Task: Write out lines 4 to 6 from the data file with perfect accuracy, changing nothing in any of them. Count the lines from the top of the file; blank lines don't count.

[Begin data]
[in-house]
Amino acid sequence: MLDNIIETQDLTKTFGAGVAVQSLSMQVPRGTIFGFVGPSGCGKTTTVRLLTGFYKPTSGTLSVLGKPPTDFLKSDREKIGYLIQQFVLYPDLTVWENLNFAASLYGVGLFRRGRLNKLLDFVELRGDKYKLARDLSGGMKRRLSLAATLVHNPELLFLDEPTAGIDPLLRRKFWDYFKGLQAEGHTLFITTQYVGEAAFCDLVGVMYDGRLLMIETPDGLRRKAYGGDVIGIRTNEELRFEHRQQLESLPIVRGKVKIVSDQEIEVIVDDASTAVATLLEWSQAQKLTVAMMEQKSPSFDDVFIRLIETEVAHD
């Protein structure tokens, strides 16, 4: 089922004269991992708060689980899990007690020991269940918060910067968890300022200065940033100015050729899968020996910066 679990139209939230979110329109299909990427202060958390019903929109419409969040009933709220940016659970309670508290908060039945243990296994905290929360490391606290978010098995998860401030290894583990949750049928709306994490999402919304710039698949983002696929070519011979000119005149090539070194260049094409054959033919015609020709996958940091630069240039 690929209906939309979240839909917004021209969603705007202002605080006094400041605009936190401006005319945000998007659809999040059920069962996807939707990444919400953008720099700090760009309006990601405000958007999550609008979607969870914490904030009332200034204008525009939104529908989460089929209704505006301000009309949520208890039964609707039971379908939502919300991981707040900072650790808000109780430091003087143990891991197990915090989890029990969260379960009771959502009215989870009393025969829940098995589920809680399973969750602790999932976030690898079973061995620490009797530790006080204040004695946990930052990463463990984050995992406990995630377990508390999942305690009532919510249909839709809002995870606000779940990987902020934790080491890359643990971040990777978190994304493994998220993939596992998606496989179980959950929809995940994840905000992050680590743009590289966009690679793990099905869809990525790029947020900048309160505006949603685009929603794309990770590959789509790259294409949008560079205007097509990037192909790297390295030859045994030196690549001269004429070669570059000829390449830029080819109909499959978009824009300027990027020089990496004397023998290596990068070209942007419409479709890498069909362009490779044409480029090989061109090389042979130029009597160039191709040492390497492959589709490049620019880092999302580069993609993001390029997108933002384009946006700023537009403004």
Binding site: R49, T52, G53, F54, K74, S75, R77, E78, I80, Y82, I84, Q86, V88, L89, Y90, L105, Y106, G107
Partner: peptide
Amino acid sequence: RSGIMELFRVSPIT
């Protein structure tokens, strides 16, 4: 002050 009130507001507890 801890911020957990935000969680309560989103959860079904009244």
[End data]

Binding site: R49, T52, G53, F54, K74, S75, R77, E78, I80, Y82, I84, Q86, V88, L89, Y90, L105, Y106, G107
Partner: peptide
Amino acid sequence: RSGIMELFRVSPIT